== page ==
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Home > Sacroiliac (SI) Joint Dysfunction FAQ – Part III

Sacroiliac (SI) Joint Dysfunction FAQ – Part III

Mark W. McFarland, MDMark W. McFarland, DO

 

 

 

This is part three of a three-part FAQ providing detailed information on sacroiliac joint dysfunction which answers frequently asked questions about this condition, its causes, symptoms, diagnosis, available treatment options and what you can do to prevent SI joint dysfunction.

 

What treatments are used for SI joint dysfunction?

Interventional Treatments

If the patient doesn’t respond to these treatments and still has pain, I will then suggest a therapeutic steroid injection into the SI joint. This injection is performed in our sterile outpatient procedure suite under live x-ray, called fluoroscopy. The patient is given an injection of numbing medication before a contrast agent is injected into the joint to assist me with the precise placement of the needle and the medication. This entire process only takes a few minutes. The patient is then taken to our waiting room to sit for 15 minutes post-procedure to make sure they have no side-effects from the steroid injections. After waiting 15 minutes, the patient is released to go home. A driver must take the patient home for their safety, due to rare, but possible numbness, weakness or dizziness that may occur after the injection.

Many patients get significant relief from therapeutic steroid SI joint injections and find that they may only need to repeat these in intervals for pain relief as needed, yearly or quarterly.

Radio Frequency Ablation is a procedure where the myelin sheath is temporarily burned off the nerve that “feeds” or enervates the SI joint. In doing so, the nerve cannot transmit pain signals to the brain as well, so pain is greatly reduced. In time, the myelin sheath will regenerate; however, when it does, the pain usually doesn’t come back as intensely.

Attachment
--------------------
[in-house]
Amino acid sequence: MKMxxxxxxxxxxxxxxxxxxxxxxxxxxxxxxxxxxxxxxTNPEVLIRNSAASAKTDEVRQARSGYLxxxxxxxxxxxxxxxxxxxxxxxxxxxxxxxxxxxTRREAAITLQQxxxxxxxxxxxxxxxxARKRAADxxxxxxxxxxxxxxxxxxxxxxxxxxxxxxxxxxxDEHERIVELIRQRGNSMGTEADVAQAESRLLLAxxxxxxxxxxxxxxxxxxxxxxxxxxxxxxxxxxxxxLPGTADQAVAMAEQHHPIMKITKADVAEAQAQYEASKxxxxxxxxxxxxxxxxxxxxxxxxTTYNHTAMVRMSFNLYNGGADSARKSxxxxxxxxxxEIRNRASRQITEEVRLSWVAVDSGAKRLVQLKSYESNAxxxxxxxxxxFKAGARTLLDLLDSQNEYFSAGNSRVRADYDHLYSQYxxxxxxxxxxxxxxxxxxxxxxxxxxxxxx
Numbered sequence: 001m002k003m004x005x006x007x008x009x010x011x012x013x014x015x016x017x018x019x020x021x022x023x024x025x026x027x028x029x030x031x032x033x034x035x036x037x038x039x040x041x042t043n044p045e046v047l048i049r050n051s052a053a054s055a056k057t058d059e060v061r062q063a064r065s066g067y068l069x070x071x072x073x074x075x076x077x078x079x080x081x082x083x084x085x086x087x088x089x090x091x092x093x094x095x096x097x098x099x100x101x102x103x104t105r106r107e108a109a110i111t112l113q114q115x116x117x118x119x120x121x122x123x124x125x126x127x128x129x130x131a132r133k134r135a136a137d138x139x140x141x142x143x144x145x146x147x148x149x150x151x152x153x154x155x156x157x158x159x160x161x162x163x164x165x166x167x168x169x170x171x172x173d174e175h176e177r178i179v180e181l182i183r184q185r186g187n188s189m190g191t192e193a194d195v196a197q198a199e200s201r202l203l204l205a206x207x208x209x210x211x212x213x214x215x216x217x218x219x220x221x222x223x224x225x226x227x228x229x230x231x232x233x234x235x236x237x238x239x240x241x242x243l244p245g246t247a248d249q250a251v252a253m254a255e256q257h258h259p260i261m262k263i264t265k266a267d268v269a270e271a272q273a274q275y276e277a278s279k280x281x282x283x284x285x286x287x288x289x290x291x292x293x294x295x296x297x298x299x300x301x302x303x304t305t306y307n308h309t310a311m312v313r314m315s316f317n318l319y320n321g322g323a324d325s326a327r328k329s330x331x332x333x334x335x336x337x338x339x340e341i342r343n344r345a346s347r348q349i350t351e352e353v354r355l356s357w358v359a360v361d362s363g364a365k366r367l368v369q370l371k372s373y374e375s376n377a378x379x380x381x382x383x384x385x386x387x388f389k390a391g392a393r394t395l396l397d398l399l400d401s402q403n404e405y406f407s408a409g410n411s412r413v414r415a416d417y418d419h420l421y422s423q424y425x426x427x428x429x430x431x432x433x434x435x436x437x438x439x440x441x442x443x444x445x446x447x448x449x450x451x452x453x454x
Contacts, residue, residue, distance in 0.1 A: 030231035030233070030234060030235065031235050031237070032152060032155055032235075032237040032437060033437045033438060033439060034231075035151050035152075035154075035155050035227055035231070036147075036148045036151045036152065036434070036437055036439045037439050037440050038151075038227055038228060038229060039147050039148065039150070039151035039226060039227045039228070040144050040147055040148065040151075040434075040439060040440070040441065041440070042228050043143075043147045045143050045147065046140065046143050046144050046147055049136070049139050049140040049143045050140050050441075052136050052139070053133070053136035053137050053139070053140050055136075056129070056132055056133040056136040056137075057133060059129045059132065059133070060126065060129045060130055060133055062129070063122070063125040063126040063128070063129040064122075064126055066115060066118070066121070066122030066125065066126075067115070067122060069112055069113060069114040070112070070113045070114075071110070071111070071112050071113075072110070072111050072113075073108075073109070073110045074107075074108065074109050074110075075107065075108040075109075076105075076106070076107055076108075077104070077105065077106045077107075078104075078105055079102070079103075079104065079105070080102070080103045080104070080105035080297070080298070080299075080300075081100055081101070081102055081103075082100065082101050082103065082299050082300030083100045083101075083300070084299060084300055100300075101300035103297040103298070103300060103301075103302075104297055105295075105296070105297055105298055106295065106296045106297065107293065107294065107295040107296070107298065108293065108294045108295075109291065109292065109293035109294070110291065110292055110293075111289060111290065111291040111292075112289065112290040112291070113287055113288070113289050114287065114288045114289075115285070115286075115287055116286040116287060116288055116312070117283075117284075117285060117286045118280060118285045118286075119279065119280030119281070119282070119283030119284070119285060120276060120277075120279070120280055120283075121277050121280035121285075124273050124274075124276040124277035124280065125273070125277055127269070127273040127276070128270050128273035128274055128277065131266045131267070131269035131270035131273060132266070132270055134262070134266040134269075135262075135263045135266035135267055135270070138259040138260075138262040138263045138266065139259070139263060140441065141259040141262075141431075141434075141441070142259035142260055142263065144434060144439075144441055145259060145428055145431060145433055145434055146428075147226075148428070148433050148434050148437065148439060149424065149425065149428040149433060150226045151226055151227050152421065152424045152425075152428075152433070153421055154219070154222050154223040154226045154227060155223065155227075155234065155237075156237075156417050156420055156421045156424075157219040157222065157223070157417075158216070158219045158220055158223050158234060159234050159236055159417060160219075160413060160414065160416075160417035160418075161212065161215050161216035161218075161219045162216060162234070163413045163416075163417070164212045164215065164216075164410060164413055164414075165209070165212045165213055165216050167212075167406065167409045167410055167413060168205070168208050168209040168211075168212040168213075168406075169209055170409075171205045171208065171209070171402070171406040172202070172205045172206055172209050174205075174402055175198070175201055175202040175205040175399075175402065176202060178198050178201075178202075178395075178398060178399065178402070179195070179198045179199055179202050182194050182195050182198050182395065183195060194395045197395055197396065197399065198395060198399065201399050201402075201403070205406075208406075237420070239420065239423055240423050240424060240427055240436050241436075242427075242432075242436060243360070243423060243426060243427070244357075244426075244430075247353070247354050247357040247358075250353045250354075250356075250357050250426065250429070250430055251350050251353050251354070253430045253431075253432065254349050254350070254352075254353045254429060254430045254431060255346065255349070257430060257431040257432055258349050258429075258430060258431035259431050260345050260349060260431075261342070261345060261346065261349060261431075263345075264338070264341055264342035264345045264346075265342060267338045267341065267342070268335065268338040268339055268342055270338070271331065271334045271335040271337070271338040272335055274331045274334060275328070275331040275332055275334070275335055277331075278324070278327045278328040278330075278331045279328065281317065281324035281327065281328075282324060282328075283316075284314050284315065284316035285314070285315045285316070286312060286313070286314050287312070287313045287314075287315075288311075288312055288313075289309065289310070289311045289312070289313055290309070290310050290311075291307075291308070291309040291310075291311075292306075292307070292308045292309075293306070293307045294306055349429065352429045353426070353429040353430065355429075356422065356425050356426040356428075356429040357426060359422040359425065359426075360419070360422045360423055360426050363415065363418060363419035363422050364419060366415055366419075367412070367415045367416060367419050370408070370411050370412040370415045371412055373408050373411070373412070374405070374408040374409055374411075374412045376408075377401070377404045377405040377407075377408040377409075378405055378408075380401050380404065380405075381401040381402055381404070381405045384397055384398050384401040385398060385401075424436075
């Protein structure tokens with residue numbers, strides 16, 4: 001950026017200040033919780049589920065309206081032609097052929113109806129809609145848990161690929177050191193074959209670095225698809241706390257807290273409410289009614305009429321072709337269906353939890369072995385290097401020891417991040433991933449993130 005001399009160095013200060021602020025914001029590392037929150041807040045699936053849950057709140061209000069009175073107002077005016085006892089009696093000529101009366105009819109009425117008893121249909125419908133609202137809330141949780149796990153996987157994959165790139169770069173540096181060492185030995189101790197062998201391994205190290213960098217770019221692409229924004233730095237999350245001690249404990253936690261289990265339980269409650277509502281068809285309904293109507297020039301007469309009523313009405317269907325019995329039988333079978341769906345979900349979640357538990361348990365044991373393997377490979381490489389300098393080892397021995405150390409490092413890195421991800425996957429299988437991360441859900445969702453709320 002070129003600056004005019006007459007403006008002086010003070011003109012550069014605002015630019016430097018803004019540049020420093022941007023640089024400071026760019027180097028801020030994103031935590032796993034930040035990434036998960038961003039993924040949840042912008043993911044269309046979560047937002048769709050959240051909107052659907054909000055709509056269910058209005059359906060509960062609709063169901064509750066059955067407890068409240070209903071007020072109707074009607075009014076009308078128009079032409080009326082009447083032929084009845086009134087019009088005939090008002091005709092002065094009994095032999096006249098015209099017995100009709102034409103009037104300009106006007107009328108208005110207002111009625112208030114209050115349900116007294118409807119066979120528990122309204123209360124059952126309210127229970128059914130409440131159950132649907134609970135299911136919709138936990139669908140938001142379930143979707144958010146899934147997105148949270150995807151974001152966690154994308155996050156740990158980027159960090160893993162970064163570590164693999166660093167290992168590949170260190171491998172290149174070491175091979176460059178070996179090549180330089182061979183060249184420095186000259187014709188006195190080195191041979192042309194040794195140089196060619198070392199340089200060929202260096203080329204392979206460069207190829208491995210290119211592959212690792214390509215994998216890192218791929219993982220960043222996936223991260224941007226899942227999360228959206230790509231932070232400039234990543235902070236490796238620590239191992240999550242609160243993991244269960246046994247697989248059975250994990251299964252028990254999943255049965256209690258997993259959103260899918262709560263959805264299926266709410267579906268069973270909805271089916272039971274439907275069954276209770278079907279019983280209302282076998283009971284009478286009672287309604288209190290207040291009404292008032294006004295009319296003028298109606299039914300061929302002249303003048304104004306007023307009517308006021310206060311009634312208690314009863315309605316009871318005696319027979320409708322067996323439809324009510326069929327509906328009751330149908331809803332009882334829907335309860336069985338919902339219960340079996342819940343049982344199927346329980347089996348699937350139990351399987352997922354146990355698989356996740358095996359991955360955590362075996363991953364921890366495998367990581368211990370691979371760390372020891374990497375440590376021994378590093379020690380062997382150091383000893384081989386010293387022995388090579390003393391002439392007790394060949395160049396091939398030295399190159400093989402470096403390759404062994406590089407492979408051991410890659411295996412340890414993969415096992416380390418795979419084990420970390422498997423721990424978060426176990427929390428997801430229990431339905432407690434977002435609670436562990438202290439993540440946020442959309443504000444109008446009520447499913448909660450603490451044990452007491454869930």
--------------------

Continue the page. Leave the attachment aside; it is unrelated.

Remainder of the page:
This procedure is performed as an outpatient procedure in our sterile procedure suites by one of our Interventional Pain Management Physicians. Not all patients are candidates for this procedure, and it is not covered by all insurance companies. It is a treatment option for those patients who don’t respond to other forms of treatment and continue to have severe SI joint pain.

SI Joint Fusion is a surgical procedure that for many years was not recommended by orthopaedists because it was fraught with complications and didn’t have great outcomes for the patients who underwent the surgery. The trade-off might be less pain, but the patient might walk with a limp for the rest of their life.  Not many folks would sign up for that deal!

Recent improvements in technology have allowed the SI joint fusion implant (which is about the size of an almond) to become much more “patient-friendly” with much improved outcomes.  The joint fusion procedure can be done now under local anesthetic in a sterile procedure room. The patient will only have an inch-long incision and will be able to walk out of the clinic shortly after the fusion procedure is complete.

SI joint fusion is not for every patient and there are risks and potential complications to consider, as with all procedures.  Not all insurances will cover SI joint fusion procedures, so if you want to discuss this procedure as a treatment option, be sure to consult with your insurance company regarding coverage.

Can I prevent SI joint dysfunction?

Yes and no. You may be genetically pre-disposed to have a problem in this area or to have arthritis.  However, you can do many things to keep your body in fighting form and lessen your risk:

  • Exercise
  • Maintain a healthy weight
  • Stretch frequently
  • Avoid injury
  • Use proper body mechanics at work and at home
  • Get plenty of rest and quality sleep
  • Eat nutritiously – feed your body!

If you are suffering from SI joint dysfunction or any other low back issue, the Orthopaedic Spine Specialists and Interventional Pain Management Physicians at Orthopaedic and Spine Center can help you feel better.  Call 757-596-1900 or click to make an appointment.

 

 

 

 

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